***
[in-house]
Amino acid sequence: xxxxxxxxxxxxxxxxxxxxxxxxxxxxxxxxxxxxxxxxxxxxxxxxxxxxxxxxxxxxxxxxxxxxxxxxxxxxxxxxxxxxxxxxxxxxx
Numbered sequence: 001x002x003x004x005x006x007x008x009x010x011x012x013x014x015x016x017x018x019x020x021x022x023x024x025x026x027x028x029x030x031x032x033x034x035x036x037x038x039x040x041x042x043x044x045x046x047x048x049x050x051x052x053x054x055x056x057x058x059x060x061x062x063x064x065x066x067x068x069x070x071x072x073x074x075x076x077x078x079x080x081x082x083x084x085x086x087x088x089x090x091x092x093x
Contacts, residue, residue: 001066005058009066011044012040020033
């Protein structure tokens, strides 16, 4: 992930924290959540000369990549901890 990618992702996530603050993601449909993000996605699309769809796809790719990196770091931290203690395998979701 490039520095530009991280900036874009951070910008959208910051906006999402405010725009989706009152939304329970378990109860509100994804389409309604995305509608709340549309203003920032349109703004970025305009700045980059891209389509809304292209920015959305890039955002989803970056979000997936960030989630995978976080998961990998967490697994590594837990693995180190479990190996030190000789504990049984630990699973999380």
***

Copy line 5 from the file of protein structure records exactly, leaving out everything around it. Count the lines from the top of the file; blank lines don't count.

């Protein structure tokens, strides 16, 4: 992930924290959540000369990549901890 990618992702996530603050993601449909993000996605699309769809796809790719990196770091931290203690395998979701 490039520095530009991280900036874009951070910008959208910051906006999402405010725009989706009152939304329970378990109860509100994804389409309604995305509608709340549309203003920032349109703004970025305009700045980059891209389509809304292209920015959305890039955002989803970056979000997936960030989630995978976080998961990998967490697994590594837990693995180190479990190996030190000789504990049984630990699973999380």